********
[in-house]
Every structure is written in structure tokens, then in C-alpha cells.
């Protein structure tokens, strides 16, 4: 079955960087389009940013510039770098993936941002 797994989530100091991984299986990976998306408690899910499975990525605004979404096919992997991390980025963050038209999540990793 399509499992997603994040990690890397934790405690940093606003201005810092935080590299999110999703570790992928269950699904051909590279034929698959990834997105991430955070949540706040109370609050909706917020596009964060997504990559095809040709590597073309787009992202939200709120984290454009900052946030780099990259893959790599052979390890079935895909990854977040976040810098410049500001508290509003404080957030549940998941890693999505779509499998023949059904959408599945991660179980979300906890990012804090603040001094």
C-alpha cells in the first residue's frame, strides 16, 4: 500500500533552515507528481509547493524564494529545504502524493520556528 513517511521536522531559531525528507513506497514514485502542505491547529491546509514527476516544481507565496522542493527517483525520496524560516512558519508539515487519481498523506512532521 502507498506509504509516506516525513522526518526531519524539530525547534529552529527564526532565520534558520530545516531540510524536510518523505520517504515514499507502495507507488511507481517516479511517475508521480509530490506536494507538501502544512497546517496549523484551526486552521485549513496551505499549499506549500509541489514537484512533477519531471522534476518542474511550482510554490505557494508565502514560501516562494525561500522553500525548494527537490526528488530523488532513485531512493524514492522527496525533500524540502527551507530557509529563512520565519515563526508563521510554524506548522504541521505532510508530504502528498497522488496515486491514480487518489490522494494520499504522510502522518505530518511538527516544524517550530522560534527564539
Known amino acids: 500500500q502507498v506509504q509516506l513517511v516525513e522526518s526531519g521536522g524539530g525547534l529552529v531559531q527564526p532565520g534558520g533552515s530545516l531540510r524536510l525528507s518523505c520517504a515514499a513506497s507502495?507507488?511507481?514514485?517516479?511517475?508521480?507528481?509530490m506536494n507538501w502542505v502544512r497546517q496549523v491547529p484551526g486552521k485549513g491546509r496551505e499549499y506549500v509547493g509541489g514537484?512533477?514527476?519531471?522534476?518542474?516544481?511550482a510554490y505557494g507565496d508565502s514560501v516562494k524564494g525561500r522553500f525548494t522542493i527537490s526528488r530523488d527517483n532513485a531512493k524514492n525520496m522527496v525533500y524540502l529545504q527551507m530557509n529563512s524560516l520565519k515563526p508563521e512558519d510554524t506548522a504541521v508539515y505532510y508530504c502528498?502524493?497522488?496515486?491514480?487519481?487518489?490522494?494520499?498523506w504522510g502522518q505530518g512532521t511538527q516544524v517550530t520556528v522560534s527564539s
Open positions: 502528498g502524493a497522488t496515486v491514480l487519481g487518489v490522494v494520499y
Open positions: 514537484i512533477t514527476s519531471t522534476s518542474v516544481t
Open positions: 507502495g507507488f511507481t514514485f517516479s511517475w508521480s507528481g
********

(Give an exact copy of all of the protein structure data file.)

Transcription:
[in-house]
Every structure is written in structure tokens, then in C-alpha cells.
């Protein structure tokens, strides 16, 4: 079955960087389009940013510039770098993936941002 797994989530100091991984299986990976998306408690899910499975990525605004979404096919992997991390980025963050038209999540990793 399509499992997603994040990690890397934790405690940093606003201005810092935080590299999110999703570790992928269950699904051909590279034929698959990834997105991430955070949540706040109370609050909706917020596009964060997504990559095809040709590597073309787009992202939200709120984290454009900052946030780099990259893959790599052979390890079935895909990854977040976040810098410049500001508290509003404080957030549940998941890693999505779509499998023949059904959408599945991660179980979300906890990012804090603040001094």
C-alpha cells in the first residue's frame, strides 16, 4: 500500500533552515507528481509547493524564494529545504502524493520556528 513517511521536522531559531525528507513506497514514485502542505491547529491546509514527476516544481507565496522542493527517483525520496524560516512558519508539515487519481498523506512532521 502507498506509504509516506516525513522526518526531519524539530525547534529552529527564526532565520534558520530545516531540510524536510518523505520517504515514499507502495507507488511507481517516479511517475508521480509530490506536494507538501502544512497546517496549523484551526486552521485549513496551505499549499506549500509541489514537484512533477519531471522534476518542474511550482510554490505557494508565502514560501516562494525561500522553500525548494527537490526528488530523488532513485531512493524514492522527496525533500524540502527551507530557509529563512520565519515563526508563521510554524506548522504541521505532510508530504502528498497522488496515486491514480487518489490522494494520499504522510502522518505530518511538527516544524517550530522560534527564539
Known amino acids: 500500500q502507498v506509504q509516506l513517511v516525513e522526518s526531519g521536522g524539530g525547534l529552529v531559531q527564526p532565520g534558520g533552515s530545516l531540510r524536510l525528507s518523505c520517504a515514499a513506497s507502495?507507488?511507481?514514485?517516479?511517475?508521480?507528481?509530490m506536494n507538501w502542505v502544512r497546517q496549523v491547529p484551526g486552521k485549513g491546509r496551505e499549499y506549500v509547493g509541489g514537484?512533477?514527476?519531471?522534476?518542474?516544481?511550482a510554490y505557494g507565496d508565502s514560501v516562494k524564494g525561500r522553500f525548494t522542493i527537490s526528488r530523488d527517483n532513485a531512493k524514492n525520496m522527496v525533500y524540502l529545504q527551507m530557509n529563512s524560516l520565519k515563526p508563521e512558519d510554524t506548522a504541521v508539515y505532510y508530504c502528498?502524493?497522488?496515486?491514480?487519481?487518489?490522494?494520499?498523506w504522510g502522518q505530518g512532521t511538527q516544524v517550530t520556528v522560534s527564539s
Open positions: 502528498g502524493a497522488t496515486v491514480l487519481g487518489v490522494v494520499y
Open positions: 514537484i512533477t514527476s519531471t522534476s518542474v516544481t
Open positions: 507502495g507507488f511507481t514514485f517516479s511517475w508521480s507528481g